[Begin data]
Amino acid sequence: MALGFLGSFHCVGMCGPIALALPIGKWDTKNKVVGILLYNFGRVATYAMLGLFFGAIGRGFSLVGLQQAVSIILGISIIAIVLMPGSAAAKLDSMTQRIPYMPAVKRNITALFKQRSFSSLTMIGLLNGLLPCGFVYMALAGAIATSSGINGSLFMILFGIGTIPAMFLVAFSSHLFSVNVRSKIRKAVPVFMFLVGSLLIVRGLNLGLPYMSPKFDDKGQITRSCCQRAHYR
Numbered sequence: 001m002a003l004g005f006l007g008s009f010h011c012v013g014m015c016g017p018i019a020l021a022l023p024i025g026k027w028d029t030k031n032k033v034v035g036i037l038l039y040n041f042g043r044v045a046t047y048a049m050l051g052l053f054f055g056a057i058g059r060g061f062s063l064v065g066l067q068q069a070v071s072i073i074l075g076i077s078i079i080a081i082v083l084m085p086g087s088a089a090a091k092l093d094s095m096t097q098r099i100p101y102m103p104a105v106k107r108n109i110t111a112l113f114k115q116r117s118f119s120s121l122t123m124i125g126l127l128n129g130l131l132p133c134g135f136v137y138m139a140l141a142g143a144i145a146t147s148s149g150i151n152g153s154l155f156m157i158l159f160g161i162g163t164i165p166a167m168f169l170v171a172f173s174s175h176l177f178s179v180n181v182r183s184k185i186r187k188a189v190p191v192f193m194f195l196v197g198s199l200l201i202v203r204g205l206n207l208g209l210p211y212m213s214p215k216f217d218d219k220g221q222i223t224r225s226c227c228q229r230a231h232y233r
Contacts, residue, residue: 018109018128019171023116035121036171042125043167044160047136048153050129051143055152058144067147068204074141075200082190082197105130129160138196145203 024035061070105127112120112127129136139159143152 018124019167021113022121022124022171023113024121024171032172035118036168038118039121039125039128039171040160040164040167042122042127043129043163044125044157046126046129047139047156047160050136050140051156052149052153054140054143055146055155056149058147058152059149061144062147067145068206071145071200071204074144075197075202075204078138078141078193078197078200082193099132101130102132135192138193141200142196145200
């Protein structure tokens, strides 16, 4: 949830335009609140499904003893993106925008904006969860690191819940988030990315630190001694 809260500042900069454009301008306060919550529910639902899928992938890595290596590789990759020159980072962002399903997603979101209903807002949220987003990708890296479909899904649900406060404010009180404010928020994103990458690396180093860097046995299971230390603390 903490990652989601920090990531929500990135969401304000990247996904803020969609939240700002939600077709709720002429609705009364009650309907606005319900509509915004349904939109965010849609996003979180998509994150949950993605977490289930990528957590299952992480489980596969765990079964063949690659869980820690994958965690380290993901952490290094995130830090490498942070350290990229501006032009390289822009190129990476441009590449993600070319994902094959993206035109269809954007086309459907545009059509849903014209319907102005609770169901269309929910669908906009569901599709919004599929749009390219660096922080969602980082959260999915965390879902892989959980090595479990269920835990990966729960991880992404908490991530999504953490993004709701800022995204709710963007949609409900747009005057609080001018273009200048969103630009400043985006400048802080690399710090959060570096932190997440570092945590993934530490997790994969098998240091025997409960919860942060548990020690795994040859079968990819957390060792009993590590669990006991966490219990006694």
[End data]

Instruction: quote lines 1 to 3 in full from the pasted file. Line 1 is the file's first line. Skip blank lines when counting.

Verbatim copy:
Amino acid sequence: MALGFLGSFHCVGMCGPIALALPIGKWDTKNKVVGILLYNFGRVATYAMLGLFFGAIGRGFSLVGLQQAVSIILGISIIAIVLMPGSAAAKLDSMTQRIPYMPAVKRNITALFKQRSFSSLTMIGLLNGLLPCGFVYMALAGAIATSSGINGSLFMILFGIGTIPAMFLVAFSSHLFSVNVRSKIRKAVPVFMFLVGSLLIVRGLNLGLPYMSPKFDDKGQITRSCCQRAHYR
Numbered sequence: 001m002a003l004g005f006l007g008s009f010h011c012v013g014m015c016g017p018i019a020l021a022l023p024i025g026k027w028d029t030k031n032k033v034v035g036i037l038l039y040n041f042g043r044v045a046t047y048a049m050l051g052l053f054f055g056a057i058g059r060g061f062s063l064v065g066l067q068q069a070v071s072i073i074l075g076i077s078i079i080a081i082v083l084m085p086g087s088a089a090a091k092l093d094s095m096t097q098r099i100p101y102m103p104a105v106k107r108n109i110t111a112l113f114k115q116r117s118f119s120s121l122t123m124i125g126l127l128n129g130l131l132p133c134g135f136v137y138m139a140l141a142g143a144i145a146t147s148s149g150i151n152g153s154l155f156m157i158l159f160g161i162g163t164i165p166a167m168f169l170v171a172f173s174s175h176l177f178s179v180n181v182r183s184k185i186r187k188a189v190p191v192f193m194f195l196v197g198s199l200l201i202v203r204g205l206n207l208g209l210p211y212m213s214p215k216f217d218d219k220g221q222i223t224r225s226c227c228q229r230a231h232y233r
Contacts, residue, residue: 018109018128019171023116035121036171042125043167044160047136048153050129051143055152058144067147068204074141075200082190082197105130129160138196145203 024035061070105127112120112127129136139159143152 018124019167021113022121022124022171023113024121024171032172035118036168038118039121039125039128039171040160040164040167042122042127043129043163044125044157046126046129047139047156047160050136050140051156052149052153054140054143055146055155056149058147058152059149061144062147067145068206071145071200071204074144075197075202075204078138078141078193078197078200082193099132101130102132135192138193141200142196145200